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Several officials including Gov. Tom Wolf have said voting by mail would help limit the spread of the coronavirus by keeping more people at home. Nearly 2 million people - out of 12.7 million residents - had applied for mail-in ballots in the state, Wolf said Friday.
But some officials have expressed concern that not everyone will receive their ballot with enough time to get it back to their county elections office before 8 p.m. Tuesday, June 2: the hard deadline.
Many places have added drop boxes so voters can get ballots straight to the county and not wonder if the mail will make it in time. Unless something changes, such as a court order, elections offices cannot accept ballots received after 8 p.m. on June 2.
In non-pandemic years, the state has handled a volume of 200,000 absentee ballots, given only to people with a disability, or soldiers overseas, who would have a documented reason that they could not make it to a polling place. But this Tuesday's primary is the first election with a new kind of mail-in ballots, which were available to anyone as long as they're a registered voter. (The deadline to apply for a mail-in ballot for this election passed this week. They will also be available for the general election in November.)
If you applied and didn't yet receive your mail-in ballot, it might arrive after Election Day depending on the speed of the U.S. Postal Service in delivering it to you. Here's what to do.
How to File a Provisional Ballot
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A provisional ballot is used when the elections office in your county needs more time to determine if you're eligible to vote – for example, when someone is expected to vote by mail and shows up in person. Provisional ballots are also used when someone's name is not showing up on voter rolls, and the county will need to verify their information later.
You cast a provisional ballot at your polling place, which you can search for here (be aware that it might have been changed from the last time you voted, due to the pandemic.)
Then, according to VotesPA.com, you can follow these steps:
- Complete and sign the provisional ballot affidavit on the back of the provisional ballot affidavit envelope.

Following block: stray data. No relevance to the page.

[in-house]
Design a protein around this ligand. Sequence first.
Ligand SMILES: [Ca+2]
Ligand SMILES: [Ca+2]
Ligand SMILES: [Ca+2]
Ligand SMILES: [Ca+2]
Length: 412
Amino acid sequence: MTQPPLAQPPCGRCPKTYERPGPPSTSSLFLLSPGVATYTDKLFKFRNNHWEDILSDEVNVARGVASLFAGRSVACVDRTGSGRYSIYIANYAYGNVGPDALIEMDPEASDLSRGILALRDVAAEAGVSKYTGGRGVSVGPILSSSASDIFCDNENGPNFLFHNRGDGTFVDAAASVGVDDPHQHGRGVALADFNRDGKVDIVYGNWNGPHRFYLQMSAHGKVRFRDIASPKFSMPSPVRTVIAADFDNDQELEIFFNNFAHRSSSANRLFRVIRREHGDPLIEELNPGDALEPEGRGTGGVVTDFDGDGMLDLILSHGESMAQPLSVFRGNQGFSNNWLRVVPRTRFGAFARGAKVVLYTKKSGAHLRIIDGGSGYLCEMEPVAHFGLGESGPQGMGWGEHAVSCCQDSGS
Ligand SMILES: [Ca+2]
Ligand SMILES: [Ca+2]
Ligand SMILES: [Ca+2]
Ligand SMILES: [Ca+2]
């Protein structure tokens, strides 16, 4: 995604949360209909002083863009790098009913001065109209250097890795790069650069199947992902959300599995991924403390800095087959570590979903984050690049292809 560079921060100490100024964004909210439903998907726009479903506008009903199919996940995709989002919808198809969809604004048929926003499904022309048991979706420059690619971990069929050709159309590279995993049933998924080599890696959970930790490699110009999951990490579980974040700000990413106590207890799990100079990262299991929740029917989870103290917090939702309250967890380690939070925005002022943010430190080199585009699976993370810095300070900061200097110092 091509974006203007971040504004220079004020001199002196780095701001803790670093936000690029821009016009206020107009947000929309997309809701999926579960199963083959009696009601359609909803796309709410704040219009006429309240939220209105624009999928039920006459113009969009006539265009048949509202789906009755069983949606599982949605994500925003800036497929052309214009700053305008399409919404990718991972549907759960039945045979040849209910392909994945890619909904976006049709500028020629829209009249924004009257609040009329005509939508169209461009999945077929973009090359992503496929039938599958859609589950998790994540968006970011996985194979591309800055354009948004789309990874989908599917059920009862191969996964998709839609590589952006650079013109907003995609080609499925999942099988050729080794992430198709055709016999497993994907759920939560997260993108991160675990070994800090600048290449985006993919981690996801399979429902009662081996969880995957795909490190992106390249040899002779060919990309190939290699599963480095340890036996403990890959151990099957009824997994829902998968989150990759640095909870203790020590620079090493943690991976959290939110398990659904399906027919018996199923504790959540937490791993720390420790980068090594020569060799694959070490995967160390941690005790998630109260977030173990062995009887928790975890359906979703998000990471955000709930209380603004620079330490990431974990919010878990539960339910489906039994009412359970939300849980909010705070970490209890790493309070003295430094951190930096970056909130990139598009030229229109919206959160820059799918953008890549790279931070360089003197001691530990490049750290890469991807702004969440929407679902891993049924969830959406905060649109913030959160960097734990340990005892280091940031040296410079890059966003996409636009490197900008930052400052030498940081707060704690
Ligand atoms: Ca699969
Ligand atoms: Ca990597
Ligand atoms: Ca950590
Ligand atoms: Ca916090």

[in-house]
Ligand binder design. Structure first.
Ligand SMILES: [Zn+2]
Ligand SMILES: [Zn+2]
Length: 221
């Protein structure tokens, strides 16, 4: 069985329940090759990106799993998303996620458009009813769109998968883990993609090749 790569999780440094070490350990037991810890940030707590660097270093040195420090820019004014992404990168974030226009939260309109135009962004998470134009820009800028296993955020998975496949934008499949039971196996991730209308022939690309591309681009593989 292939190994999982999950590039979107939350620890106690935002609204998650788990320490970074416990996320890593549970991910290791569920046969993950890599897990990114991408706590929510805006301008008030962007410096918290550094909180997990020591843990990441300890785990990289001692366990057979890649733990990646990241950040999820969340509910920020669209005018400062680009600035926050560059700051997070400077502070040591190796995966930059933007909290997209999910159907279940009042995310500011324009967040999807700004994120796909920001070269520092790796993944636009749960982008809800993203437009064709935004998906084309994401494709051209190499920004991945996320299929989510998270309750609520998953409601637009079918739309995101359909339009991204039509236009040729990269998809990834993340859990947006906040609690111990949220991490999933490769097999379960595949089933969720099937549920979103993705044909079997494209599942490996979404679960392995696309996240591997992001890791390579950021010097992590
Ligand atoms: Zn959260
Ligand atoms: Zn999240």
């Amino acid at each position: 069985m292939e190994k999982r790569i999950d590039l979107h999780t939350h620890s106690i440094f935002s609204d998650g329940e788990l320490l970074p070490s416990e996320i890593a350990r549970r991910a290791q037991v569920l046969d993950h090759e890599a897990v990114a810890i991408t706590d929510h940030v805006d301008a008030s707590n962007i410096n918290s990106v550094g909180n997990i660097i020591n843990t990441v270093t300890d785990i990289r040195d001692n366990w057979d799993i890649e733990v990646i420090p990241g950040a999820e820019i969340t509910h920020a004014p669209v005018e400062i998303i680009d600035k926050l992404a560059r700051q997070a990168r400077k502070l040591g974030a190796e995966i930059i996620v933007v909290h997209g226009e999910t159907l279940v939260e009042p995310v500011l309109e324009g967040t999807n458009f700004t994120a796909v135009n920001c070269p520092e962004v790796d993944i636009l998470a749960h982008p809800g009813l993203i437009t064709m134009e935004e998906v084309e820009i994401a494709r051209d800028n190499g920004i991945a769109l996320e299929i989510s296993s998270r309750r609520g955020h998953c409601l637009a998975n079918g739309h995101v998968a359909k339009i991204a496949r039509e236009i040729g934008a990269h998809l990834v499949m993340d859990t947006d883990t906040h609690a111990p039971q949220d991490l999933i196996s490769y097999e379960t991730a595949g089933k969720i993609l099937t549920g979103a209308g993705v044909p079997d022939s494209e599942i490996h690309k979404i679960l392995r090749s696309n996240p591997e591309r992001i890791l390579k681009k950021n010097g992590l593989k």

- Mark your provisional ballot in an accessible and private area of the polling place.
- Seal your provisional ballot in the secrecy envelope.
- Seal the secrecy envelope in the provisional ballot affidavit envelope.
- Sign the front of the provisional ballot affidavit envelope.
- Return the sealed provisional ballot affidavit envelope to a polling place election official.
- Receive your provisional ballot identification receipt.
If you never applied to vote by mail, you won't need a provisional ballot. You can just check for your polling place and vote there, safely.
New Access for Blind Voters
According to the Associated Press, U.S. District Judge Jennifer Wilson issued a temporary restraining order on Wednesday that requires the accessible write-in ballots for those who have a disability as defined by the Americans with Disabilities Act.
To be eligible, disabled voters must have applied for an absentee or mail-in ballot by the Tuesday deadline and they may not have turned in a voted ballot.
To obtain an accessible write-in ballot, voters must email firstname.lastname@example.org by 8 p.m. Friday, and include their full name, date of birth and the address where they are registered.
They will be sent a declaration form that must be filled out and authenticated with a Pennsylvania driver’s license, a valid state ID number or the last four digits of their Social Security number.
They will then be able to vote at home using screen reader software.